John Paul Farmer

John Paul Farmer, Director of Technology & Civic Innovation for Microsoft New York

“I had this vision, ‘When you’re young you do things, you volunteer. It’s only when you’re done with your career, when you’ve achieved something, that you then step into government.’ And I realized that was totally wrong.”

Pronouns: He, Him

Meet John. John is an innovator, executive, and public servant who has worked across the sectors of technology, healthcare, finance, and sports entertainment. By his reckoning, he’s on his fifth career, having been both a shortstop in Major League Baseball and a utility player in the Obama Administration. For the past four years, he’s been the head of NYC-based Microsoft Cities, which seeks to leverage tech to solve our biggest societal problems. John founded The Innovation Project, a non-profit organization that provides advice and best practices related to government innovation worldwide, and is an Associate Adjunct at Columbia University’s School of International and Public Affairs (Columbia | SIPA). You can follow John via Twitter.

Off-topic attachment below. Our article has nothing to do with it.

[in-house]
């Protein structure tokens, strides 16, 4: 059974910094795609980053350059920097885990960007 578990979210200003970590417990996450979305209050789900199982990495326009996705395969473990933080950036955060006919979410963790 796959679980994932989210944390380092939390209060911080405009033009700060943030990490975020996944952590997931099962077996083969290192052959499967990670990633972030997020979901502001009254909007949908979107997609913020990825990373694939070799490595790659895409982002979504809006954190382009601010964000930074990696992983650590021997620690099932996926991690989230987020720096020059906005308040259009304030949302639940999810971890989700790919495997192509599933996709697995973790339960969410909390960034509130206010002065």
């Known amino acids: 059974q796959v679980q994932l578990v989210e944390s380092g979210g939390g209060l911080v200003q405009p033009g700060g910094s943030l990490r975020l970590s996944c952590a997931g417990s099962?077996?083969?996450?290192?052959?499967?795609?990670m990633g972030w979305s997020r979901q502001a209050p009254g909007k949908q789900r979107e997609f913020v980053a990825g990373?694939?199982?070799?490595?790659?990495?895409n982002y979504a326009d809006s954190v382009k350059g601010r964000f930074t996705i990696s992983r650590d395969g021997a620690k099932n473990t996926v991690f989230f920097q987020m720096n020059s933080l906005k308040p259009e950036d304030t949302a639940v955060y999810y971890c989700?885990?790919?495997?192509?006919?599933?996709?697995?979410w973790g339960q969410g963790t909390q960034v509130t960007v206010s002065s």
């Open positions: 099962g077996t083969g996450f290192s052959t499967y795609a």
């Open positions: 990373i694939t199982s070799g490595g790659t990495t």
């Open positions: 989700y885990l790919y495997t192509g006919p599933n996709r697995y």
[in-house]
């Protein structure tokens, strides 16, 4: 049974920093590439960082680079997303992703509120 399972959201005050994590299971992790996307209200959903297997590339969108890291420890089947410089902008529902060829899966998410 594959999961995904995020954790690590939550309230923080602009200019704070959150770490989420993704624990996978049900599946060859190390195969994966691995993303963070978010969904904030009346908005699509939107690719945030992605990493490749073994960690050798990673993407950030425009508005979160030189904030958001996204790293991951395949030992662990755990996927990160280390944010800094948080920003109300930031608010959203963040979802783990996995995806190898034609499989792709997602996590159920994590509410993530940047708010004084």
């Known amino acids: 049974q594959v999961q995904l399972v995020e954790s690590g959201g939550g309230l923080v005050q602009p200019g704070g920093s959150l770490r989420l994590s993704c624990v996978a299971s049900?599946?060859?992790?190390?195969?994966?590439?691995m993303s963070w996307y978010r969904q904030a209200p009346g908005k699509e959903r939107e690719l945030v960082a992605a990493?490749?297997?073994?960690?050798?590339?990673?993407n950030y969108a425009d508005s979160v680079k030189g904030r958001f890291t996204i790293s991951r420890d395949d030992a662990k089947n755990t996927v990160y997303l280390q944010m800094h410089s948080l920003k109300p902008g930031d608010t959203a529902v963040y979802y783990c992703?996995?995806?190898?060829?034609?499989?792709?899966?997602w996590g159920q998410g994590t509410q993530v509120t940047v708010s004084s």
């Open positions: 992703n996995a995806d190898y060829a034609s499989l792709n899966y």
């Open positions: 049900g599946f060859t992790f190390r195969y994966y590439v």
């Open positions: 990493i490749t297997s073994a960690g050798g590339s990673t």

What Does He Do?

“It’s important to understand that what we do on the team is we’re not sales or part of the philanthropic arm. Traditionally, when a company does well, it then does good. That is when it makes money and then sets it aside to write checks and support causes. This misses a lot of contributions that companies can make to communities — its networks, expertise, and skills. That’s what we’re trying to do.”

John’s portfolio at Microsoft is broad and deep. He leads the Microsoft Cities team, with a focus on the needs of urban communities. Just as he brought entrepreneurial thinking into government, John and his team leverage practice and partnerships to help cities solve their hardest problems. Several ongoing projects have been in concert with the civic tech community here in NYC.